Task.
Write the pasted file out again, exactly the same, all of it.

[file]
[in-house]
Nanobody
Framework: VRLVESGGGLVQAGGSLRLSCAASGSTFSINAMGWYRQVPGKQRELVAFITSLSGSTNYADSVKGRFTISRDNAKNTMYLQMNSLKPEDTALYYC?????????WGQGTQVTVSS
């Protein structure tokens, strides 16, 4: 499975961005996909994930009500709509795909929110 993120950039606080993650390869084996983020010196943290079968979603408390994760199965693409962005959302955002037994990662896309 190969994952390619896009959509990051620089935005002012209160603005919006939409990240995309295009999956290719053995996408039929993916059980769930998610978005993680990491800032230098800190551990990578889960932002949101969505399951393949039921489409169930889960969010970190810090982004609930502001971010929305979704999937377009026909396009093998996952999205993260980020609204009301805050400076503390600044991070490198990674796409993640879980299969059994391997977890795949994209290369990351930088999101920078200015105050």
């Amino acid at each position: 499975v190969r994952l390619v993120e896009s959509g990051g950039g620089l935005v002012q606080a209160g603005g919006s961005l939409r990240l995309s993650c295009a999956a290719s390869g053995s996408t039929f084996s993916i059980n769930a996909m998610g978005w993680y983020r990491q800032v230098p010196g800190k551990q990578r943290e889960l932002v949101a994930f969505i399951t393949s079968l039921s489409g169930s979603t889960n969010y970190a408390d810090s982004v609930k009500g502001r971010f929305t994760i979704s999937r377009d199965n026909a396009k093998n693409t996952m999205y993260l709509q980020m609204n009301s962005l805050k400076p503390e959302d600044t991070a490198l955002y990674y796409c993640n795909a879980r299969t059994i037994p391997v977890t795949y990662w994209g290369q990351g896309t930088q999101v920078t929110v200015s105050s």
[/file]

[in-house]
Nanobody
Framework: VRLVESGGGLVQAGGSLRLSCAASGSTFSINAMGWYRQVPGKQRELVAFITSLSGSTNYADSVKGRFTISRDNAKNTMYLQMNSLKPEDTALYYC?????????WGQGTQVTVSS
């Protein structure tokens, strides 16, 4: 499975961005996909994930009500709509795909929110 993120950039606080993650390869084996983020010196943290079968979603408390994760199965693409962005959302955002037994990662896309 190969994952390619896009959509990051620089935005002012209160603005919006939409990240995309295009999956290719053995996408039929993916059980769930998610978005993680990491800032230098800190551990990578889960932002949101969505399951393949039921489409169930889960969010970190810090982004609930502001971010929305979704999937377009026909396009093998996952999205993260980020609204009301805050400076503390600044991070490198990674796409993640879980299969059994391997977890795949994209290369990351930088999101920078200015105050």
């Amino acid at each position: 499975v190969r994952l390619v993120e896009s959509g990051g950039g620089l935005v002012q606080a209160g603005g919006s961005l939409r990240l995309s993650c295009a999956a290719s390869g053995s996408t039929f084996s993916i059980n769930a996909m998610g978005w993680y983020r990491q800032v230098p010196g800190k551990q990578r943290e889960l932002v949101a994930f969505i399951t393949s079968l039921s489409g169930s979603t889960n969010y970190a408390d810090s982004v609930k009500g502001r971010f929305t994760i979704s999937r377009d199965n026909a396009k093998n693409t996952m999205y993260l709509q980020m609204n009301s962005l805050k400076p503390e959302d600044t991070a490198l955002y990674y796409c993640n795909a879980r299969t059994i037994p391997v977890t795949y990662w994209g290369q990351g896309t930088q999101v920078t929110v200015s105050s």